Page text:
One of my favorite stories in Starman isn’t about Jack Knight. It’s about his father and some of his old friends – Jay Garrick Flash, Alan Scott Green Lantern, Rex Tyler Hourman, and Charles McNider Doctor Mid-Nite. Starman #11: “13 Years Ago: Five Friends” has the ring of older folks telling stories about walking to school seven miles in the snow and cold uphill both ways.
We all have those relatives or family friends. These guys don’t seem bitter though; they’re just not up with the times.
In this installment of “Times Past,” the fearless heroes are up against Rag Doll and his cult. Rag Doll has seen better days, too. The villain in his in sixties. Once spry and deft, he’s now plagued by aches and pains. Arthritis is bad enough but imagine going through similar pain when you’ve got the gift/curse of being triple-jointed. His ligaments are so stretched that tubs of Icy Hot couldn’t make it better. On top of that, his mind starts to fray around the edges.
His crazy ranting (because those two words go together more often than not) draws a following. Rag Doll has a way with words. He builds a cult, and the members bend to his will. And what he wants more than anything is revenge.
Opal City became his playground – not the fun kind with jungle gyms. The kind with death and blood. His gang commits senseless and random acts of crime that stain the streets with red. The citizens of the glimmering city looked hopefully to their hero, to Starman.
Starman couldn’t face the devastation alone. He swallowed his pride and called in his tried and true friends from the Justice Society of America. They worked together as they always had and though watching them take down Rag Doll was satisfying, it’s satisfying because of the way these guys interact with each other.
James Robinson’s story makes you care. I haven’t read most of these heroes’ stories, but I could feel and see their histories. They carry their pasts on their shoulders. The art by Matthew Dow Smith communicates it too; the heavy style with a darker pallet fits. None of the heroes are necessarily in their prime, but it doesn’t matter. They’ve done the job for years. They’ve faced tons of villains. They’ve got it covered. They walk with swagger and confidence.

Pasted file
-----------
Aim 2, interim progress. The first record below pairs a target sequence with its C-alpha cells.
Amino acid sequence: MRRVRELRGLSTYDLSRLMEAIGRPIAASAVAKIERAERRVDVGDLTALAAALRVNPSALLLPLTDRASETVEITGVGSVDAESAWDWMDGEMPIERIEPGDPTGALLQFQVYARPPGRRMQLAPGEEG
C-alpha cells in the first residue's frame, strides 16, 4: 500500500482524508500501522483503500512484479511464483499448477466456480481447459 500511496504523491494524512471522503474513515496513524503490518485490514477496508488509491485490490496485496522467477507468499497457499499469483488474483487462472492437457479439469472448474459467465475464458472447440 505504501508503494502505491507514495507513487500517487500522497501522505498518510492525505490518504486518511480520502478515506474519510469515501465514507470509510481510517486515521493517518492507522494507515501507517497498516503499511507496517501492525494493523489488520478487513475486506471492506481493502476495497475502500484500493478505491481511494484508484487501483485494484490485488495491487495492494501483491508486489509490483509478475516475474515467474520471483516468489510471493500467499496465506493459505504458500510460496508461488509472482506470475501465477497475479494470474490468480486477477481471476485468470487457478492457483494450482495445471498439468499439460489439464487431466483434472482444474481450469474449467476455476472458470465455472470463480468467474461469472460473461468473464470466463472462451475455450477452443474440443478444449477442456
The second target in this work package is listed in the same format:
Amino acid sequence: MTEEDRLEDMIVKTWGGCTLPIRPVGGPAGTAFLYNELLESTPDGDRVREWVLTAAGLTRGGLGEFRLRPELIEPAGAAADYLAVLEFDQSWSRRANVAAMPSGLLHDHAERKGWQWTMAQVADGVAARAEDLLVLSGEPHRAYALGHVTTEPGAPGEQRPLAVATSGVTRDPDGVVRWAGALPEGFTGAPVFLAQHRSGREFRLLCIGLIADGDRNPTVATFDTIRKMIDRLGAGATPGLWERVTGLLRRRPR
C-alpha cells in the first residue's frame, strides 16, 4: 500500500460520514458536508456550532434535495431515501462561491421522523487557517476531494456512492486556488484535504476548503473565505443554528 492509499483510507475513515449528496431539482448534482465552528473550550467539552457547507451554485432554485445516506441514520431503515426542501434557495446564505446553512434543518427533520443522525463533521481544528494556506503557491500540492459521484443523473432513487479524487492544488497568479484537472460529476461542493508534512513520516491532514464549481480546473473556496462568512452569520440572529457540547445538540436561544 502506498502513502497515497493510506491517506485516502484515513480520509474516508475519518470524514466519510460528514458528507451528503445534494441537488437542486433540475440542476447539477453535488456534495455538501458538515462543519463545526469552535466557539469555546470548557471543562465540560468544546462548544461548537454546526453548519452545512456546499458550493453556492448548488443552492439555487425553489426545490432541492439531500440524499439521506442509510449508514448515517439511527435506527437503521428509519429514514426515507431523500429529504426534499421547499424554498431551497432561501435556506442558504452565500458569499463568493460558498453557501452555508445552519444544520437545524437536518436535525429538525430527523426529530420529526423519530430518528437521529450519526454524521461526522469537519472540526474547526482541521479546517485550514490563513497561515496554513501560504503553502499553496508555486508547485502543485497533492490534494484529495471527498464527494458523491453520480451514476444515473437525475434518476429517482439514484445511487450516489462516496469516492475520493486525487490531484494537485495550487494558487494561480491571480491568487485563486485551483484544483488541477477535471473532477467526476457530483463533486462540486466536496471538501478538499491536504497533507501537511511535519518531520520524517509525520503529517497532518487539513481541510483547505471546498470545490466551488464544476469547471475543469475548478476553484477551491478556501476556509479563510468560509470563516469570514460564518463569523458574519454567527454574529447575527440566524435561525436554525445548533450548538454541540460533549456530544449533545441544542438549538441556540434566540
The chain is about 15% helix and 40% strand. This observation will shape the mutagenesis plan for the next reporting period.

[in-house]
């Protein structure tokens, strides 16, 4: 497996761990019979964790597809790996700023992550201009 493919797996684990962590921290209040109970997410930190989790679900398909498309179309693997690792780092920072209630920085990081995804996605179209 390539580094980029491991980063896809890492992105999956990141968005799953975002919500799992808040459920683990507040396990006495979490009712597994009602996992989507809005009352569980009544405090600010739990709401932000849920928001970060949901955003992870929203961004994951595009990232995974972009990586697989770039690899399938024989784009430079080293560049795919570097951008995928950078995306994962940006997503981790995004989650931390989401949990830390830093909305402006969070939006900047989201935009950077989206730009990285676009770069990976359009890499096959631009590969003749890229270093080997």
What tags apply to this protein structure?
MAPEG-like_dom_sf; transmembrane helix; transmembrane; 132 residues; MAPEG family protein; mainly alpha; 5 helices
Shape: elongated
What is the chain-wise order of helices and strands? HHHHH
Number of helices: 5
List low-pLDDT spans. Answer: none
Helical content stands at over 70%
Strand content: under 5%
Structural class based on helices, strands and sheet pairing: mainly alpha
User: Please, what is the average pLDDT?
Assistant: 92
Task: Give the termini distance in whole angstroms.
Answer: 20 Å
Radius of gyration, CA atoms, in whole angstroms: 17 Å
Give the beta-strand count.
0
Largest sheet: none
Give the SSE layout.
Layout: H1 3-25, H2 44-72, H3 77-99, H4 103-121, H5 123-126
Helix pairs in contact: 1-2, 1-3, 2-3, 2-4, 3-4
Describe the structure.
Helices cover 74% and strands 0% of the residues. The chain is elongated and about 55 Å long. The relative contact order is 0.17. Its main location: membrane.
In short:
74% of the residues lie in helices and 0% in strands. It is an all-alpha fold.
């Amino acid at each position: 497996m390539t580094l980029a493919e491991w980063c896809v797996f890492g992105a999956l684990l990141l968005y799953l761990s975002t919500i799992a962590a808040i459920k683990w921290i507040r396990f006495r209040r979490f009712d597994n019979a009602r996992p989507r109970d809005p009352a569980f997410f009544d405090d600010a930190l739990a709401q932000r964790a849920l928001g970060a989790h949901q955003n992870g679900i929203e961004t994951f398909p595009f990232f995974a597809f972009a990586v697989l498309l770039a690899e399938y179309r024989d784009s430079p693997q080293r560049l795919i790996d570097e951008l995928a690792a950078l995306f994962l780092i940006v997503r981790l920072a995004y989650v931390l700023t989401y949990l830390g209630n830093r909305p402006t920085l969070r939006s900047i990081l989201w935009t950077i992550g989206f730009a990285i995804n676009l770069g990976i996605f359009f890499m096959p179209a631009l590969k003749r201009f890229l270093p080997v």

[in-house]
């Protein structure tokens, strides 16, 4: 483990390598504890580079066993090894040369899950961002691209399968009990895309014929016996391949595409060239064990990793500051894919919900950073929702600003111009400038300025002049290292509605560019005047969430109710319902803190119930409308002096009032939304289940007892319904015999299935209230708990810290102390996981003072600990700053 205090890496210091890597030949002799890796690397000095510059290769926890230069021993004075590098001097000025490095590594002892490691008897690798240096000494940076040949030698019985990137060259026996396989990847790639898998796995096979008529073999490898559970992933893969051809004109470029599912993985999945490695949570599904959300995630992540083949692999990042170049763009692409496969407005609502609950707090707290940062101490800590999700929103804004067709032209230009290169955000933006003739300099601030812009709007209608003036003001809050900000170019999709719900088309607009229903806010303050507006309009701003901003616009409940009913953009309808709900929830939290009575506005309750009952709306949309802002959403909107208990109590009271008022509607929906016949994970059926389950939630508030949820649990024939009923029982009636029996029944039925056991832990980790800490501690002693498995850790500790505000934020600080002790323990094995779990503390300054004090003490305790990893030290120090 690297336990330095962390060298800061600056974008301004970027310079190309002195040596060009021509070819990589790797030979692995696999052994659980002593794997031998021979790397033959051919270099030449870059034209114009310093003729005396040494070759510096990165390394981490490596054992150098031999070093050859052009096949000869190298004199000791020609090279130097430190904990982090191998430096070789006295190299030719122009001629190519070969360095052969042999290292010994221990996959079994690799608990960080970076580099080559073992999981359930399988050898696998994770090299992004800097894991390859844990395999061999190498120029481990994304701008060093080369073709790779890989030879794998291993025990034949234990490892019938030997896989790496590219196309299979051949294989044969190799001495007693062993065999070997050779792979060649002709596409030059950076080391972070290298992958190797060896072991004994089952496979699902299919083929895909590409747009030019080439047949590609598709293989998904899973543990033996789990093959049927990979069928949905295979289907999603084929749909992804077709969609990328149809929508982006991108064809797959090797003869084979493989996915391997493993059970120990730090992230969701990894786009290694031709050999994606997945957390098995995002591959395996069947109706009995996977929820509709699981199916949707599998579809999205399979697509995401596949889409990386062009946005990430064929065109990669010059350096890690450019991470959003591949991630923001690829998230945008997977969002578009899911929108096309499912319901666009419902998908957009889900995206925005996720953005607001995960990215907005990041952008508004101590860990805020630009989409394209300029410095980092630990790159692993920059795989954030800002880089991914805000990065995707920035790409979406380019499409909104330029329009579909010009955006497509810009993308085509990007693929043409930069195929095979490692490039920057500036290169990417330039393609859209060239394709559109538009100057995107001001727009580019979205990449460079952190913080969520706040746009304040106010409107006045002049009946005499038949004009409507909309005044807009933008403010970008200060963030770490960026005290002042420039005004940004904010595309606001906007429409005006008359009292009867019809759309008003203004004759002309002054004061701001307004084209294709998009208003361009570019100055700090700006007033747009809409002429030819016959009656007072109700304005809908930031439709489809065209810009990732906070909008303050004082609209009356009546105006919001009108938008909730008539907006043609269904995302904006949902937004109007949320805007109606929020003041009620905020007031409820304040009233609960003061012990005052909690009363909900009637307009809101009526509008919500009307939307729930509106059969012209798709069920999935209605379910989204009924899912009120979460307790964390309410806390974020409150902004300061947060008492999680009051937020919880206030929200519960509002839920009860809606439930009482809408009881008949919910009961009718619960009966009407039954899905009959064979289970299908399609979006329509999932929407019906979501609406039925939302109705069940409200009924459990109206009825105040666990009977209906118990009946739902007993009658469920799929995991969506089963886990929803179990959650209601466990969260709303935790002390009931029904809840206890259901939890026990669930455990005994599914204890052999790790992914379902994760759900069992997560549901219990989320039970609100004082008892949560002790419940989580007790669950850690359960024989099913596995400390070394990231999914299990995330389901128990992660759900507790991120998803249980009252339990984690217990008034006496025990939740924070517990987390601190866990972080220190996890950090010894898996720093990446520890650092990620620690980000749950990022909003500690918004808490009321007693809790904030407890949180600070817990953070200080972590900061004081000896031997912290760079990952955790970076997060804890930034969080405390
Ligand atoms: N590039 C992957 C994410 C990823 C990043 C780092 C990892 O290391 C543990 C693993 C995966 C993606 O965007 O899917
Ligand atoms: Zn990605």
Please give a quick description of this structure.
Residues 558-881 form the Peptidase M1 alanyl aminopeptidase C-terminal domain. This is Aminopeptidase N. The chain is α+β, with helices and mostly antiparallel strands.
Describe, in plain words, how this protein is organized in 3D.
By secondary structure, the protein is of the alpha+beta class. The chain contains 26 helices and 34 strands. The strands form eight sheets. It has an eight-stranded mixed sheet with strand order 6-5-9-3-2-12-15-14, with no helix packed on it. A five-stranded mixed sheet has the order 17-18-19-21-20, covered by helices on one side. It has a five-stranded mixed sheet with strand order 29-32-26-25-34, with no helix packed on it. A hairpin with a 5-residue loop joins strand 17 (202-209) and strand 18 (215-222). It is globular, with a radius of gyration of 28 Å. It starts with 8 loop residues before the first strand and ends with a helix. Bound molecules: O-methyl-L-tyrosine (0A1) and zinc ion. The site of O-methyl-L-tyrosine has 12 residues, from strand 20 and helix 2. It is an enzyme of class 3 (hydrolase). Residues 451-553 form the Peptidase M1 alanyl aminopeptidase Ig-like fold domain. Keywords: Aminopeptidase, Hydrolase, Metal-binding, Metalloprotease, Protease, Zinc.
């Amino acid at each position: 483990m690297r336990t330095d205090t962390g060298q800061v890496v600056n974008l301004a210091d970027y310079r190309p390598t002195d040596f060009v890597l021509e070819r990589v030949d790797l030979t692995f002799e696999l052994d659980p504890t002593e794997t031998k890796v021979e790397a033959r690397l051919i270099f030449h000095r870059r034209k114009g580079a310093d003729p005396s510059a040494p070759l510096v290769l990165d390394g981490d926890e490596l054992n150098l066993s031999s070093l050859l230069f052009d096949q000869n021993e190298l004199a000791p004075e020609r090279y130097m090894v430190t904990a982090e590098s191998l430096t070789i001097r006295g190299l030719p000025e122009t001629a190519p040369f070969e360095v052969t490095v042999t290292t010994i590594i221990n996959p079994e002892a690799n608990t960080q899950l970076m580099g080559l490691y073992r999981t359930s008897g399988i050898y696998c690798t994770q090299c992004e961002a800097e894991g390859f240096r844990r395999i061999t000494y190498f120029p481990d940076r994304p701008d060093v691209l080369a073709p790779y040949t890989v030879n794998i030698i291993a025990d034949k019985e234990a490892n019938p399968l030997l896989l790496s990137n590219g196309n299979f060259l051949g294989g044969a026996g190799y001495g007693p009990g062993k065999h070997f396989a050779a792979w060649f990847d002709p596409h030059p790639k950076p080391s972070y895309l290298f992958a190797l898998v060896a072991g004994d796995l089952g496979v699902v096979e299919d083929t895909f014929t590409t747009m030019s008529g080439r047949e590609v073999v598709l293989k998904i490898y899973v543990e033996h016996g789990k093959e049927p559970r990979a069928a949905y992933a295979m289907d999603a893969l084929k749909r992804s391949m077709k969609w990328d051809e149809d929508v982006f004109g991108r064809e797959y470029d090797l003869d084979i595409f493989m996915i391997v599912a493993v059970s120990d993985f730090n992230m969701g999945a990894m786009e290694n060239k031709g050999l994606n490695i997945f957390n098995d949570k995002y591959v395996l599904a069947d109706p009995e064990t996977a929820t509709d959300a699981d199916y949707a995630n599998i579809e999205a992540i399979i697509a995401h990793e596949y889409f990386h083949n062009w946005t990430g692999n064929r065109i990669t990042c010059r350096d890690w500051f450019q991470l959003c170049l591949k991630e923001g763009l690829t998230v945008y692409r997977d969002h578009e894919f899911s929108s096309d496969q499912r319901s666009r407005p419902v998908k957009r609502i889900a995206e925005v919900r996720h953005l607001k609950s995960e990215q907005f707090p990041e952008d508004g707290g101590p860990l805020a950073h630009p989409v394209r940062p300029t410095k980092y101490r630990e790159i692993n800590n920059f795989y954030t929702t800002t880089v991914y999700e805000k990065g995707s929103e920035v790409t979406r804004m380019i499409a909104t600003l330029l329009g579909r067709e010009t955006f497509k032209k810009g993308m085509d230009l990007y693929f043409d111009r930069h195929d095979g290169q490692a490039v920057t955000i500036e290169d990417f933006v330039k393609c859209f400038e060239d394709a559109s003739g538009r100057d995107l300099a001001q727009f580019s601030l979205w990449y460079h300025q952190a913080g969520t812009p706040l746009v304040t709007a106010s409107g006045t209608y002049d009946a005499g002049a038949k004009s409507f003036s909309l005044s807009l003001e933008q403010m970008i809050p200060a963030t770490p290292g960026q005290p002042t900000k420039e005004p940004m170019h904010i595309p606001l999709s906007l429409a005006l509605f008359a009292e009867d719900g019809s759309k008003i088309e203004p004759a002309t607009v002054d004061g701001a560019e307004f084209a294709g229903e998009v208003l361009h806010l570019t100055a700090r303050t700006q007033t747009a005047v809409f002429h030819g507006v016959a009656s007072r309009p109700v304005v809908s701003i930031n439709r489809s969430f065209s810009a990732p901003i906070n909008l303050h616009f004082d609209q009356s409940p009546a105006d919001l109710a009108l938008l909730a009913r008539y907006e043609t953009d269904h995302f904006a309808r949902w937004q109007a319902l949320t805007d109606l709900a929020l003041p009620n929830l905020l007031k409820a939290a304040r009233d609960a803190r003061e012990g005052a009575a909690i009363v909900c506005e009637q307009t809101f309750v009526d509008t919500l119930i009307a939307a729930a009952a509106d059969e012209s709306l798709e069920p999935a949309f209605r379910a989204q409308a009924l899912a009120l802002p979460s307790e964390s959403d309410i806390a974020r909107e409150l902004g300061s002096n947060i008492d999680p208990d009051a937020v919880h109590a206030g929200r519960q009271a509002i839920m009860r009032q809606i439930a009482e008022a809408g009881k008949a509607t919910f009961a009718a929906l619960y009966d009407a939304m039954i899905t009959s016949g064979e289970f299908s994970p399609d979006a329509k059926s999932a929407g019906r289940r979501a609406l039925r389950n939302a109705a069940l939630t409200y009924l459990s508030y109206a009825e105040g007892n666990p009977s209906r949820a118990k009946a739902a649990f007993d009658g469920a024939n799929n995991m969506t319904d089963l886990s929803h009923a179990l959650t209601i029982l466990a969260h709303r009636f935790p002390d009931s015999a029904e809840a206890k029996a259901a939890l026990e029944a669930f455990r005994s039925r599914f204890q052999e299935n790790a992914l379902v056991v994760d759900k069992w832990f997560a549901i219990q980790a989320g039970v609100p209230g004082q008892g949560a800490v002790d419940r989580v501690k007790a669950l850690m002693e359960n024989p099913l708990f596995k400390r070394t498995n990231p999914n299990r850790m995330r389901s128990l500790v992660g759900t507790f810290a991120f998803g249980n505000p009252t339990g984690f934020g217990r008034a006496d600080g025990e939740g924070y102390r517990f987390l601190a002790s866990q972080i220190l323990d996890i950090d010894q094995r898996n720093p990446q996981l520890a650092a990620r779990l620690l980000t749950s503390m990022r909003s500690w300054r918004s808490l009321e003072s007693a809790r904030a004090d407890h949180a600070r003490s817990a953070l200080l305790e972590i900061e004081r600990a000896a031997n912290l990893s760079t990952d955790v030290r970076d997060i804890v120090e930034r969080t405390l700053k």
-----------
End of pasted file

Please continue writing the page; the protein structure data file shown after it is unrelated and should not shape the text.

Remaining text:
I especially enjoyed the way they discuss old times fondly. Villains used to be different. They were silly instead of dangerous. Alan Scott makes a fantastic comment about Batman and his mentally unstable rogue’s gallery. Starman #11 was published in 1995. The world has changed and like Scott says, villains don’t wear removable masks anymore. It’s brilliant commentary. The heroes from a lighter time in this darker, gritty setting works is unexpected but it works on every level. Just like the once silly Rag Doll becoming a fearsome bad guy works.
Starman and friends toe the line between the brighter world of old and the new heavier world right to the ambiguous ending. Even when Rag Doll is defeated, he threatens the heroes and their families. He reminds them how his followers will continue even after he’s gone. What happens next is fuzzy, but it ends with a dead villain. It appears as if our heroes of a different age were willing to do what heroes like Batman and Superman aren’t. Maybe it’s because they haven’t faced the decision as many times and maybe it’s just because they’re older and cranky.
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